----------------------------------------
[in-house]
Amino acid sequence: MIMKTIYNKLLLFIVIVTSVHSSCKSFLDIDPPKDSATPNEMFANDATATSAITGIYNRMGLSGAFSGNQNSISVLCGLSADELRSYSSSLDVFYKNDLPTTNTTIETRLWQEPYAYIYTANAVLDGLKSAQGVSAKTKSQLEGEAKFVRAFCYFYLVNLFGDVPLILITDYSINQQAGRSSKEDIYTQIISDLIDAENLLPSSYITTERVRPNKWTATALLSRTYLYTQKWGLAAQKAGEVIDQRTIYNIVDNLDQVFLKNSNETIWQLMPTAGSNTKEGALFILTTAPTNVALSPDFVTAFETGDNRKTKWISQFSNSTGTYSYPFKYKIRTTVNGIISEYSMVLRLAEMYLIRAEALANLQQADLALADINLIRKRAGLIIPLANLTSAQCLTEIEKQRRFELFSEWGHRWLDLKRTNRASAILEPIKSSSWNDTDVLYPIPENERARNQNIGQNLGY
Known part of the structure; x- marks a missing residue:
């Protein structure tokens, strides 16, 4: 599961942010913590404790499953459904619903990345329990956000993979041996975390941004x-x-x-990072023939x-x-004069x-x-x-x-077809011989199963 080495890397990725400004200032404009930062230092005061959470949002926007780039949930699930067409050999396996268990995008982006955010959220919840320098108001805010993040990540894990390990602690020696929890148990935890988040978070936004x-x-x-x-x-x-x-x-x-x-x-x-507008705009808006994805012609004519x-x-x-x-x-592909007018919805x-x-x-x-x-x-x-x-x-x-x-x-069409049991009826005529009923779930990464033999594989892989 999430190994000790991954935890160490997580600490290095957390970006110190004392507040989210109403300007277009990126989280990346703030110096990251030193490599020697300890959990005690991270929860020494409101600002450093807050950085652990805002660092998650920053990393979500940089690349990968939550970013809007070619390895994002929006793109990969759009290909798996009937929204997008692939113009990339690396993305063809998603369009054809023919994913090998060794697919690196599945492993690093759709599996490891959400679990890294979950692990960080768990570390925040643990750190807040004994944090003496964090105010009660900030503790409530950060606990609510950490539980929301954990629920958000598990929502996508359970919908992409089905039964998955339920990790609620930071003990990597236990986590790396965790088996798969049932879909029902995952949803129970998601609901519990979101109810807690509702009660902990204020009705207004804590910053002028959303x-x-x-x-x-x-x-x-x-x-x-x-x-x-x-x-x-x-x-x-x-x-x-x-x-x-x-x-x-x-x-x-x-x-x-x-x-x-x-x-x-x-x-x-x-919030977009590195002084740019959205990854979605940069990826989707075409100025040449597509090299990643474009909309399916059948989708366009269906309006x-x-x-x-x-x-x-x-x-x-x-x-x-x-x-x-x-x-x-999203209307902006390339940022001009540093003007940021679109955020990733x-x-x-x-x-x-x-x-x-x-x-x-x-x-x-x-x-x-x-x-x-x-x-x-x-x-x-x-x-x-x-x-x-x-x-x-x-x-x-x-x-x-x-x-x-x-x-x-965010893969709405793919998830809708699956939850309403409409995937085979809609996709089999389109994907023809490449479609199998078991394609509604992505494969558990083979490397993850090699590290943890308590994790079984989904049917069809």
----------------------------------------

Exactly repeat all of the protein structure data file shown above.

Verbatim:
[in-house]
Amino acid sequence: MIMKTIYNKLLLFIVIVTSVHSSCKSFLDIDPPKDSATPNEMFANDATATSAITGIYNRMGLSGAFSGNQNSISVLCGLSADELRSYSSSLDVFYKNDLPTTNTTIETRLWQEPYAYIYTANAVLDGLKSAQGVSAKTKSQLEGEAKFVRAFCYFYLVNLFGDVPLILITDYSINQQAGRSSKEDIYTQIISDLIDAENLLPSSYITTERVRPNKWTATALLSRTYLYTQKWGLAAQKAGEVIDQRTIYNIVDNLDQVFLKNSNETIWQLMPTAGSNTKEGALFILTTAPTNVALSPDFVTAFETGDNRKTKWISQFSNSTGTYSYPFKYKIRTTVNGIISEYSMVLRLAEMYLIRAEALANLQQADLALADINLIRKRAGLIIPLANLTSAQCLTEIEKQRRFELFSEWGHRWLDLKRTNRASAILEPIKSSSWNDTDVLYPIPENERARNQNIGQNLGY
Known part of the structure; x- marks a missing residue:
């Protein structure tokens, strides 16, 4: 599961942010913590404790499953459904619903990345329990956000993979041996975390941004x-x-x-990072023939x-x-004069x-x-x-x-077809011989199963 080495890397990725400004200032404009930062230092005061959470949002926007780039949930699930067409050999396996268990995008982006955010959220919840320098108001805010993040990540894990390990602690020696929890148990935890988040978070936004x-x-x-x-x-x-x-x-x-x-x-x-507008705009808006994805012609004519x-x-x-x-x-592909007018919805x-x-x-x-x-x-x-x-x-x-x-x-069409049991009826005529009923779930990464033999594989892989 999430190994000790991954935890160490997580600490290095957390970006110190004392507040989210109403300007277009990126989280990346703030110096990251030193490599020697300890959990005690991270929860020494409101600002450093807050950085652990805002660092998650920053990393979500940089690349990968939550970013809007070619390895994002929006793109990969759009290909798996009937929204997008692939113009990339690396993305063809998603369009054809023919994913090998060794697919690196599945492993690093759709599996490891959400679990890294979950692990960080768990570390925040643990750190807040004994944090003496964090105010009660900030503790409530950060606990609510950490539980929301954990629920958000598990929502996508359970919908992409089905039964998955339920990790609620930071003990990597236990986590790396965790088996798969049932879909029902995952949803129970998601609901519990979101109810807690509702009660902990204020009705207004804590910053002028959303x-x-x-x-x-x-x-x-x-x-x-x-x-x-x-x-x-x-x-x-x-x-x-x-x-x-x-x-x-x-x-x-x-x-x-x-x-x-x-x-x-x-x-x-x-919030977009590195002084740019959205990854979605940069990826989707075409100025040449597509090299990643474009909309399916059948989708366009269906309006x-x-x-x-x-x-x-x-x-x-x-x-x-x-x-x-x-x-x-999203209307902006390339940022001009540093003007940021679109955020990733x-x-x-x-x-x-x-x-x-x-x-x-x-x-x-x-x-x-x-x-x-x-x-x-x-x-x-x-x-x-x-x-x-x-x-x-x-x-x-x-x-x-x-x-x-x-x-x-965010893969709405793919998830809708699956939850309403409409995937085979809609996709089999389109994907023809490449479609199998078991394609509604992505494969558990083979490397993850090699590290943890308590994790079984989904049917069809």